Family background and personality
The petrographer,1 mineralogist and structural petrologist,2 Frank Coles Phillips (Fig. 1.1) was born on 19 March 1902, at 19 Lipson Avenue, Plymouth, Devon, the youngest of the three children of Nicholas Phillips, an Inland Revenue officer, and his wife Kate Phillips (neé Salmon). He had an older brother, Richard Salmon (b. 1898) and sister Dorothy Kate (b. 1899). He never liked his first name and subsequently preferred to be called either Coles, a family name (his father's mother was a Coles) or Phil, depending on how well one knew him. The printed labels which identified his many microscope slides of rock thin-sections3 bore the name ‘F. Coles Phillips’.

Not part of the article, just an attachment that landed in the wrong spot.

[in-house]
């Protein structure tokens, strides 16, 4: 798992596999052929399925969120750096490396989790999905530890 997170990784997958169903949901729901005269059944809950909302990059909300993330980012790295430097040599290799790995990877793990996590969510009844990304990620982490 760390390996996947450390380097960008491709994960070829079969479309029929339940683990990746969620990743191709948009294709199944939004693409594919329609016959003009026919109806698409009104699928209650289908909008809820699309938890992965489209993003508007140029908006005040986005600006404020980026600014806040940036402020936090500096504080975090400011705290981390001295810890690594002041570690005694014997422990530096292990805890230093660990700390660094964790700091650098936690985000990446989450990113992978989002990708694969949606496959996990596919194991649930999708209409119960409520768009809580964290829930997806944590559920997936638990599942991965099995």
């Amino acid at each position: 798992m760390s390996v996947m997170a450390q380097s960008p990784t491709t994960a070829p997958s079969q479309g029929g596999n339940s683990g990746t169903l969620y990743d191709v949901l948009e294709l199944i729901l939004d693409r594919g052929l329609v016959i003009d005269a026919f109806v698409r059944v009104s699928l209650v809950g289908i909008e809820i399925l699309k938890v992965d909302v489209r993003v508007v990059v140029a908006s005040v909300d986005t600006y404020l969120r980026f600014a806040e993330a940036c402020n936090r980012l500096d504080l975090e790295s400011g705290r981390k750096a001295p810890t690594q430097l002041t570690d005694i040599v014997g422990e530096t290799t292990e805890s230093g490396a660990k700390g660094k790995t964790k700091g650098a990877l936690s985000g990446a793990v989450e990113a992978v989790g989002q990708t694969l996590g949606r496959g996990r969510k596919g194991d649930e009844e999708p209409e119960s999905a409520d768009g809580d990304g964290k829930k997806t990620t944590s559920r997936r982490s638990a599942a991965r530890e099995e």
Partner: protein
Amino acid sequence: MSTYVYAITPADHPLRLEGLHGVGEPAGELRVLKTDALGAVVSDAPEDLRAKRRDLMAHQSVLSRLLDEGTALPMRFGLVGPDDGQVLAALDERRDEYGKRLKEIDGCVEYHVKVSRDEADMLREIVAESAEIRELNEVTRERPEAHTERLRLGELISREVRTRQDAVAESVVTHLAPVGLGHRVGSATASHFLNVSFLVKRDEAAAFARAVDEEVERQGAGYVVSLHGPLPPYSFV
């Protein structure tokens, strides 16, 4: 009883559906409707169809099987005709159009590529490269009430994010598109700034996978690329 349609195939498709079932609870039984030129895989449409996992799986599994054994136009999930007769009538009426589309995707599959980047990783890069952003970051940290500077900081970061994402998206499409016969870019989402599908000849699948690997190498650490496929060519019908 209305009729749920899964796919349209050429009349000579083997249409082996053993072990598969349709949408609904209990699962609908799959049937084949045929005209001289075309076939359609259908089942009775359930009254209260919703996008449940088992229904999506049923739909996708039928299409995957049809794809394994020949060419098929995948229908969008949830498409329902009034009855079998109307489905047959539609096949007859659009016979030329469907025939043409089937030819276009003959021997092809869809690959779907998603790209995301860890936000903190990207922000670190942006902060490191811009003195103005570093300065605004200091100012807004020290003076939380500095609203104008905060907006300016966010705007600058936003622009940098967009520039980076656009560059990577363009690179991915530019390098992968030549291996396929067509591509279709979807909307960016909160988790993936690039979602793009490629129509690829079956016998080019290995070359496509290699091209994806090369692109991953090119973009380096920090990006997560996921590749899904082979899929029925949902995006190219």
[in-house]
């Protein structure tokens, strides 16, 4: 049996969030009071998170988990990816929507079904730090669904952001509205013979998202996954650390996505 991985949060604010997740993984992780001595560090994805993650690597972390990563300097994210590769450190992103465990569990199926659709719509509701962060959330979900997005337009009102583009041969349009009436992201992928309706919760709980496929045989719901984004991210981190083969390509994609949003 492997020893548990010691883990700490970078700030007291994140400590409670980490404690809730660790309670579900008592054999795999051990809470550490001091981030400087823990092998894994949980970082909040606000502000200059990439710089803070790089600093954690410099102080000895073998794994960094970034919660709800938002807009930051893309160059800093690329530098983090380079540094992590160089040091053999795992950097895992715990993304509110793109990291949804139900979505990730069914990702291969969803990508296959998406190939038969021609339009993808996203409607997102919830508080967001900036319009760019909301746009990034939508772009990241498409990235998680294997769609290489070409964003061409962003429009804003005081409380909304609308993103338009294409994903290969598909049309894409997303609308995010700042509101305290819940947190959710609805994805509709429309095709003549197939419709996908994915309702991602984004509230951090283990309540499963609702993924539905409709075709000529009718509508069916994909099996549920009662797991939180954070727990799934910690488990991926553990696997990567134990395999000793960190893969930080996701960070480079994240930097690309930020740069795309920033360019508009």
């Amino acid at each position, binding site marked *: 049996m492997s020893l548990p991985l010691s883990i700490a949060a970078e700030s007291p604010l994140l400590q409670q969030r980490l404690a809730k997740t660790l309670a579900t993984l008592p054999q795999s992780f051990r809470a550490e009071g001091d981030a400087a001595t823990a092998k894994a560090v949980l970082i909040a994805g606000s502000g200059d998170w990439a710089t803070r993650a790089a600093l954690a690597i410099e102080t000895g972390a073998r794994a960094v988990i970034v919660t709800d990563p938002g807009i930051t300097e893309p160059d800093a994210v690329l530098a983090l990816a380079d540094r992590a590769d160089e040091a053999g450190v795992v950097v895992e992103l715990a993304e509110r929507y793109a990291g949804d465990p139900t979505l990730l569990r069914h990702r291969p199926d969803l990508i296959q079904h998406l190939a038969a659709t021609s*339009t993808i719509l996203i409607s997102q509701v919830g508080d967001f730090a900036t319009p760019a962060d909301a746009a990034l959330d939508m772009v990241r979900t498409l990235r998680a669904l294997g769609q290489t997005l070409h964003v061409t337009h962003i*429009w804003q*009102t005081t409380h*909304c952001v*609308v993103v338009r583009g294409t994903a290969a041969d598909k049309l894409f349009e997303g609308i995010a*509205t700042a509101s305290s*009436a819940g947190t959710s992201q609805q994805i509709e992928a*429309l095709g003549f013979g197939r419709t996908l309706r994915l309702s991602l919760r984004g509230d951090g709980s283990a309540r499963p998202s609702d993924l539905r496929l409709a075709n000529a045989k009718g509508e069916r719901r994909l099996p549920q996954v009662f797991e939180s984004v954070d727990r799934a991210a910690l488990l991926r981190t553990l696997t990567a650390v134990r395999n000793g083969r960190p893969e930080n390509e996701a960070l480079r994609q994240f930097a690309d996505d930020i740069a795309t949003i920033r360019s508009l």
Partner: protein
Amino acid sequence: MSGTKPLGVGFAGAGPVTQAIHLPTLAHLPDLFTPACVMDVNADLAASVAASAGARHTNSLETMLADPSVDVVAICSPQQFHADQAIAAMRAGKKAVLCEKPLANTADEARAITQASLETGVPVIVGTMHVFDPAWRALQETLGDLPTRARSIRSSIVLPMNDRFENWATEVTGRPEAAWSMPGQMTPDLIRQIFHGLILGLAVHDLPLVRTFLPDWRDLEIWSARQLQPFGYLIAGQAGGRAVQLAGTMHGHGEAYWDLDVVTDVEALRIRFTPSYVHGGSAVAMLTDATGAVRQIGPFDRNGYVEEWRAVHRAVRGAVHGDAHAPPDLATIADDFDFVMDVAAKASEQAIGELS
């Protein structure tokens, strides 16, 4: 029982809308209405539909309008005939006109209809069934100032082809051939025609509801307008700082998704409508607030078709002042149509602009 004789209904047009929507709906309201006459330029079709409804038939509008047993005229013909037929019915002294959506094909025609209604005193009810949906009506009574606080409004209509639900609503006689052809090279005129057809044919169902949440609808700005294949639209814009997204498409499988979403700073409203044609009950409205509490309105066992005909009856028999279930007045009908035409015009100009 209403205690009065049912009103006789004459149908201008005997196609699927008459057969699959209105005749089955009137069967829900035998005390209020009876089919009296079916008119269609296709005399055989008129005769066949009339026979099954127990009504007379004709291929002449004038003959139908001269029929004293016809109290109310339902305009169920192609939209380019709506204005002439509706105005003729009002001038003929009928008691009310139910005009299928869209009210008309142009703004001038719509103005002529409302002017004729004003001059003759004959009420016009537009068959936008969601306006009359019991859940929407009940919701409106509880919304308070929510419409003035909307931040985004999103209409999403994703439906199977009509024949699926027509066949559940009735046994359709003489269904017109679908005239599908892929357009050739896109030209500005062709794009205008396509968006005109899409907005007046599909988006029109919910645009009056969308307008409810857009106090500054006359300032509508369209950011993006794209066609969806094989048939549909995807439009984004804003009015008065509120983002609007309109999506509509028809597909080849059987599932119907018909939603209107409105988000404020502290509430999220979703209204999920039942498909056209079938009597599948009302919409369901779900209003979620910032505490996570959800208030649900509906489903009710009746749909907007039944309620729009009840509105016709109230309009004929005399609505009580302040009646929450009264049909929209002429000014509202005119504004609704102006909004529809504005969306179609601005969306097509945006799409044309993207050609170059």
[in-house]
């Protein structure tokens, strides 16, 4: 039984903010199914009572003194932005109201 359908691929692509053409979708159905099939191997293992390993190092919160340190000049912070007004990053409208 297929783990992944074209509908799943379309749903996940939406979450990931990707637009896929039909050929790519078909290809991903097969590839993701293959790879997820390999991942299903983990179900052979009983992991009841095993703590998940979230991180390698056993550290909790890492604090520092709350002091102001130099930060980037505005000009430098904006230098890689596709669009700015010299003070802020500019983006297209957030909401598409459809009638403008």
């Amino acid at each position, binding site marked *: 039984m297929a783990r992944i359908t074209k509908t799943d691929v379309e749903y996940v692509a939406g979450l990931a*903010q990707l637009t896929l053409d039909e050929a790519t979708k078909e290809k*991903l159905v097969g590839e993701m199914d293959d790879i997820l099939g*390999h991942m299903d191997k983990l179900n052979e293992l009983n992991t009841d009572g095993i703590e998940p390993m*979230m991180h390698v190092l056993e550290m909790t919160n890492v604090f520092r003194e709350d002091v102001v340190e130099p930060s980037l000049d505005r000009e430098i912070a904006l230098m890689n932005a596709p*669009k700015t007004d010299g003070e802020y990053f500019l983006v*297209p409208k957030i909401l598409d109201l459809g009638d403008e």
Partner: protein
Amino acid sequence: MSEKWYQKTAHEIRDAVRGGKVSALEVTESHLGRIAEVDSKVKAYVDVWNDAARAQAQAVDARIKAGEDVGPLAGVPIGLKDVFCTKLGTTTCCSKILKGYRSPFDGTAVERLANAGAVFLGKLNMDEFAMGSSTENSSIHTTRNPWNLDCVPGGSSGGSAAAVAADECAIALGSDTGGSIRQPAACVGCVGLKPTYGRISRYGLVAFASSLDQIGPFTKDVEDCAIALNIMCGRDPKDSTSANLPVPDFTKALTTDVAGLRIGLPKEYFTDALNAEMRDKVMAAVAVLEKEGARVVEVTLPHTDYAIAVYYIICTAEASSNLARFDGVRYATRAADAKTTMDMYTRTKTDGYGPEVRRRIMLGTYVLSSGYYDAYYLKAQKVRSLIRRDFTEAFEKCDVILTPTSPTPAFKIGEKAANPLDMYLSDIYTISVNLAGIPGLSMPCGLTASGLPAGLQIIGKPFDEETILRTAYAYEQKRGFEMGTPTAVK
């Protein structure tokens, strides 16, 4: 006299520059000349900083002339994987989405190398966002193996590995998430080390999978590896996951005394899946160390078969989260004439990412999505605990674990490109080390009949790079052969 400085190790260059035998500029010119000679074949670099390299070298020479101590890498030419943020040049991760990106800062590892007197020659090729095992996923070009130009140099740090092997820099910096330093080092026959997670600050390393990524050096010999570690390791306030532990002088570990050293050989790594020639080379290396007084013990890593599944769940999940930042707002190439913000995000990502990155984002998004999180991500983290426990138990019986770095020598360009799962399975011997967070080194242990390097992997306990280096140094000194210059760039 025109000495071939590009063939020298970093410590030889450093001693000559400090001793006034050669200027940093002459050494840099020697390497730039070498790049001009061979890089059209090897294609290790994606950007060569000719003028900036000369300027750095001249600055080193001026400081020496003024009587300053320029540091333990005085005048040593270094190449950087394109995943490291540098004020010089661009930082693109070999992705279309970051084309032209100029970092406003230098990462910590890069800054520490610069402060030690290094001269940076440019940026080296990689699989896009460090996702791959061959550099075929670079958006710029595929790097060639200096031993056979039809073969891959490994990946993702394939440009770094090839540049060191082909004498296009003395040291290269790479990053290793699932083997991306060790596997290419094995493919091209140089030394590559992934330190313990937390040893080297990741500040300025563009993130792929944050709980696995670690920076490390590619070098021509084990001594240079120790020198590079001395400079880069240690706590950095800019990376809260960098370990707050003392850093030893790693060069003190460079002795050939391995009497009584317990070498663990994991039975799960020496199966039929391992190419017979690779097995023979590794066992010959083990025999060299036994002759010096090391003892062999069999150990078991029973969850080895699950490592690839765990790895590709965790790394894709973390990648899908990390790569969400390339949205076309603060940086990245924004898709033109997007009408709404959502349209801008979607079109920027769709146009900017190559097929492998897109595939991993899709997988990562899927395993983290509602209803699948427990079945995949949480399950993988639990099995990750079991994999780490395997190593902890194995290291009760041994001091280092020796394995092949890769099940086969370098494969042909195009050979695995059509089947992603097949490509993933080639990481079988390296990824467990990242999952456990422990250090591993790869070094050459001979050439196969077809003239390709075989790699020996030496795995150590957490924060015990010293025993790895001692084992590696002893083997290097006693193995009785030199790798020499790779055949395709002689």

He was a thin, rather gaunt figure, who began to go prematurely bald at the age of 28. In consequence, he customarily wore a hat in the field, at first favouring a trilby and later a flat cap. In his early years he smoked a pipe, but this gradually gave way to cigarettes, or the occasional cigar, interspersed by non-smoking gaps which could last a year. One of nature's gentlemen, he inspired a great deal of warmth and affection in all students, and everyone always spoke very highly of him, as both a teacher and a person. However, a colleague from Phillips’ time on the staff of the Department of Mineralogy at Cambridge in the 1930s, the crystallographer Robert C. Evans (b. 1909), recalls (pers. comm. 1999) that while in those days Phillips was courteous to his colleagues, he was never warm, and could appear to be somewhat aloof.4